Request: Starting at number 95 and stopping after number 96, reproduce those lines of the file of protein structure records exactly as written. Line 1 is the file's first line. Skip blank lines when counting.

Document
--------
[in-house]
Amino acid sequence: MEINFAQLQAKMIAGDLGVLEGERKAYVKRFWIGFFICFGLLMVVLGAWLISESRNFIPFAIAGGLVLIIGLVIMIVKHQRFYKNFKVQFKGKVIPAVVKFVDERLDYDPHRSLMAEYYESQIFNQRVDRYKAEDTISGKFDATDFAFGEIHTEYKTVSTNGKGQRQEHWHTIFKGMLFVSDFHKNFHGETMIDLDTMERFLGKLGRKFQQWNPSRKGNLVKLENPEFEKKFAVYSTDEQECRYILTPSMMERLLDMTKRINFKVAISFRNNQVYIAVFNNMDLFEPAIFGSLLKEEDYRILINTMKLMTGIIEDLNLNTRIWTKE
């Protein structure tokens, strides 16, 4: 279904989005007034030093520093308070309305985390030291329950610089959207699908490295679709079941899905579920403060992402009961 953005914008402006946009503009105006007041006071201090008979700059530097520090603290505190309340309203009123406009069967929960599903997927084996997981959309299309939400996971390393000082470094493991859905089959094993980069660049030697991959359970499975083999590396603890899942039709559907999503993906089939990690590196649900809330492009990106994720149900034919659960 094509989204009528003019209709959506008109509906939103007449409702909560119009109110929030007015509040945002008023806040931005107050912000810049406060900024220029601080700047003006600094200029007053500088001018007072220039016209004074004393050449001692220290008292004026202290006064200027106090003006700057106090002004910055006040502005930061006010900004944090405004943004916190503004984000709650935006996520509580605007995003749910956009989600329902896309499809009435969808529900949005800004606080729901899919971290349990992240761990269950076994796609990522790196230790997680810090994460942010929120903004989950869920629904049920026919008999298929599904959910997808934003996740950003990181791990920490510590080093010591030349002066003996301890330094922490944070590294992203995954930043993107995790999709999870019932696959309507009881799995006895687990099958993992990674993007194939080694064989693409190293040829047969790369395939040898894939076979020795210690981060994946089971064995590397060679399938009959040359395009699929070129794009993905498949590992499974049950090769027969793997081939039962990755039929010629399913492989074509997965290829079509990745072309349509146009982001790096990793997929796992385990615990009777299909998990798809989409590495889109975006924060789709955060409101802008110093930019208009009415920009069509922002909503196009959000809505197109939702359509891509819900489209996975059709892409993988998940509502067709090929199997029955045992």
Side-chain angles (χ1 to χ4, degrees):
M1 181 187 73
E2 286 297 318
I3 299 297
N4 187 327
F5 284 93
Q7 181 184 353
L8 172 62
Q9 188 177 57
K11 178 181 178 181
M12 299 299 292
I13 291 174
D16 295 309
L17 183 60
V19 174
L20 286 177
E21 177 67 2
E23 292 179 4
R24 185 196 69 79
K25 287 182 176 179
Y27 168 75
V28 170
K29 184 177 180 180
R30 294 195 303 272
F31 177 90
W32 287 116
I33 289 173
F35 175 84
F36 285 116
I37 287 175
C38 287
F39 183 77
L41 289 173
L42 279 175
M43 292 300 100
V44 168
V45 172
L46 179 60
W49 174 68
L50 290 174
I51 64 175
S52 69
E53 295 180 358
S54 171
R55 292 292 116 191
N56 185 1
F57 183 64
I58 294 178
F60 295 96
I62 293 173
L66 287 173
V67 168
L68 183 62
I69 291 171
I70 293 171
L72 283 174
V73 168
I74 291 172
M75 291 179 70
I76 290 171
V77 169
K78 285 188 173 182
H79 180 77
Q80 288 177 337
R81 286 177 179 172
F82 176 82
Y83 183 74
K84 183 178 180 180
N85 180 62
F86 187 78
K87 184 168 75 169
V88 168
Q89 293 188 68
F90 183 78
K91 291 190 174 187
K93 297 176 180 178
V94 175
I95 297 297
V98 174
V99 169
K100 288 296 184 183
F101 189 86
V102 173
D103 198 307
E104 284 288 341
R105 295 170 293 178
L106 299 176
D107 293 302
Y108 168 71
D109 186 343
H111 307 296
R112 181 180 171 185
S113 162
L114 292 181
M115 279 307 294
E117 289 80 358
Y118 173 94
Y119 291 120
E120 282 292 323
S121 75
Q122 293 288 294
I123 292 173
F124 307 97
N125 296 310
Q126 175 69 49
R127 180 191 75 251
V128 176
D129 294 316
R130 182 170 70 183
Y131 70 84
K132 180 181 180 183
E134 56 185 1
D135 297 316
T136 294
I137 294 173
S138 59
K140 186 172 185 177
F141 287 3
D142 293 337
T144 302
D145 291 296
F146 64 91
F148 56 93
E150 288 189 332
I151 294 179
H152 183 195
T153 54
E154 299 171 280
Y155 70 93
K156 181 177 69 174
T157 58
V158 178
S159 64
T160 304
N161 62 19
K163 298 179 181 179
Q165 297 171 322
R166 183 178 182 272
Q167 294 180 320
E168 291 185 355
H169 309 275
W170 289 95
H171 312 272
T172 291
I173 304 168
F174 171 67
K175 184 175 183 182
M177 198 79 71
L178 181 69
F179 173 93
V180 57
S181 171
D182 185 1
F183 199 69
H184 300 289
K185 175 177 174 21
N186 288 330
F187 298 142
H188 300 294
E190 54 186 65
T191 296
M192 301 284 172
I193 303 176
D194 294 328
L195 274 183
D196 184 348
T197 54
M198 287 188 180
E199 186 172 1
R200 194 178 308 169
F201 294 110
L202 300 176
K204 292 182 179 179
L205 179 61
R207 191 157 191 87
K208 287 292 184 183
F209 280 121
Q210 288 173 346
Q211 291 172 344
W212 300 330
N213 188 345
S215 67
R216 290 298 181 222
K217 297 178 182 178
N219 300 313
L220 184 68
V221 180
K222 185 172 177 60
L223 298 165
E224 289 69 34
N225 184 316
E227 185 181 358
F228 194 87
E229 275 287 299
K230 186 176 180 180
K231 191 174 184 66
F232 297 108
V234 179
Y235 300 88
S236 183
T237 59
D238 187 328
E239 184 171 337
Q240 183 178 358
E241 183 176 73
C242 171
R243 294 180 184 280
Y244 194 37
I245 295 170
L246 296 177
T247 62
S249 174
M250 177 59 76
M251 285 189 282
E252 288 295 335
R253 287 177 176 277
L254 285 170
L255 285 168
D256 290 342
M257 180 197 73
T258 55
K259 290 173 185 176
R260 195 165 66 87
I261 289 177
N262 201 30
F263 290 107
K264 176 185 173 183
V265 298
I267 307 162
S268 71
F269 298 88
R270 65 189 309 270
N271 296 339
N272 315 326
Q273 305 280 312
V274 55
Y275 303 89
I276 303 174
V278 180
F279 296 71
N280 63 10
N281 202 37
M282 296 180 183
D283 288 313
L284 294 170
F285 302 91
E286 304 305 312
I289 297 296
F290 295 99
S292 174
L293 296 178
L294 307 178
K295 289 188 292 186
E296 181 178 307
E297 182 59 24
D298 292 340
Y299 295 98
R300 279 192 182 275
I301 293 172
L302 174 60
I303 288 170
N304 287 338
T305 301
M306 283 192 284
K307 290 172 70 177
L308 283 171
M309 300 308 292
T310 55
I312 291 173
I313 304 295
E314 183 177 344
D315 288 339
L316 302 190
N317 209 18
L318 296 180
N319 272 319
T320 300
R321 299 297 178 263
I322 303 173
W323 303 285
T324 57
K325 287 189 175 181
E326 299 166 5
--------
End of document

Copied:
R112 181 180 171 185
S113 162